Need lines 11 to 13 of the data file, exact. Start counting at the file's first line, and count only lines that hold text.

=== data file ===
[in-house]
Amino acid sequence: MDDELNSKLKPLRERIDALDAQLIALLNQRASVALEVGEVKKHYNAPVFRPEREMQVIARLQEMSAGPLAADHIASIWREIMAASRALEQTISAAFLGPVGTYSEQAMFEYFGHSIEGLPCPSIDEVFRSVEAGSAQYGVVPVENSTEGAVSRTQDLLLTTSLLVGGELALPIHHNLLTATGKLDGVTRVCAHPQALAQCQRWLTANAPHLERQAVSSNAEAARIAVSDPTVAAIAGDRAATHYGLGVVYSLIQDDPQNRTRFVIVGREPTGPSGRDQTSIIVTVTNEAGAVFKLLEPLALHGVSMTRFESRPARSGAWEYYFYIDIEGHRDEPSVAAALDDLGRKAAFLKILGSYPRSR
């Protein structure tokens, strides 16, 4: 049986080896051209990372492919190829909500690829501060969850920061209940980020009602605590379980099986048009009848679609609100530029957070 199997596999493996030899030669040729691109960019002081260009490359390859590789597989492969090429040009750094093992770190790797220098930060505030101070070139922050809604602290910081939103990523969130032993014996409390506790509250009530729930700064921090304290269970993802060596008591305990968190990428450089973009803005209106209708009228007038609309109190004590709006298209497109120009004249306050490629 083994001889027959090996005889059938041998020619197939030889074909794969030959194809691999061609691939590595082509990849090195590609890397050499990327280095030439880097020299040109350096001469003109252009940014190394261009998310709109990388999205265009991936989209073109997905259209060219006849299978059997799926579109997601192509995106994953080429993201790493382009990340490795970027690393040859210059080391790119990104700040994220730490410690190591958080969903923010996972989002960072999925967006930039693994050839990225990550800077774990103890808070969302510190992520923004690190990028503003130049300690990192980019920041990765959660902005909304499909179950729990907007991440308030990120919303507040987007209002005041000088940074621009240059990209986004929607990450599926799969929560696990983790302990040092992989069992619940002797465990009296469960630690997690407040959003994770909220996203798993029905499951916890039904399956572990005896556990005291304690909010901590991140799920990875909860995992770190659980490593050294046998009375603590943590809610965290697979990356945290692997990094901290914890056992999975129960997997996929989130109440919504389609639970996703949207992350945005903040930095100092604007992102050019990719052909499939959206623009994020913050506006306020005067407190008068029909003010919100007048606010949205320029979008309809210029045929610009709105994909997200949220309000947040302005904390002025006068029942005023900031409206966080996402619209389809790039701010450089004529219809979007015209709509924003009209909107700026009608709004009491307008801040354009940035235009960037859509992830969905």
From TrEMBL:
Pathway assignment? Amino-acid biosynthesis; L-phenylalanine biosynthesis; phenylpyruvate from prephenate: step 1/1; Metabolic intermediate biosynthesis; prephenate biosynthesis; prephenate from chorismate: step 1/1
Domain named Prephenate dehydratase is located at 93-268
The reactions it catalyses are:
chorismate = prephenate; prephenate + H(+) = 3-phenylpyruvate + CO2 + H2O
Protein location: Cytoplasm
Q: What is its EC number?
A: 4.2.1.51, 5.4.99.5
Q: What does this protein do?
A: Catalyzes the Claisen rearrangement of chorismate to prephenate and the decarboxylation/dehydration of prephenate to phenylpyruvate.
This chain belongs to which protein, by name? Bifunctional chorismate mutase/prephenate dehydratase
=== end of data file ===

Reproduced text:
A: 4.2.1.51, 5.4.99.5
Q: What does this protein do?
A: Catalyzes the Claisen rearrangement of chorismate to prephenate and the decarboxylation/dehydration of prephenate to phenylpyruvate.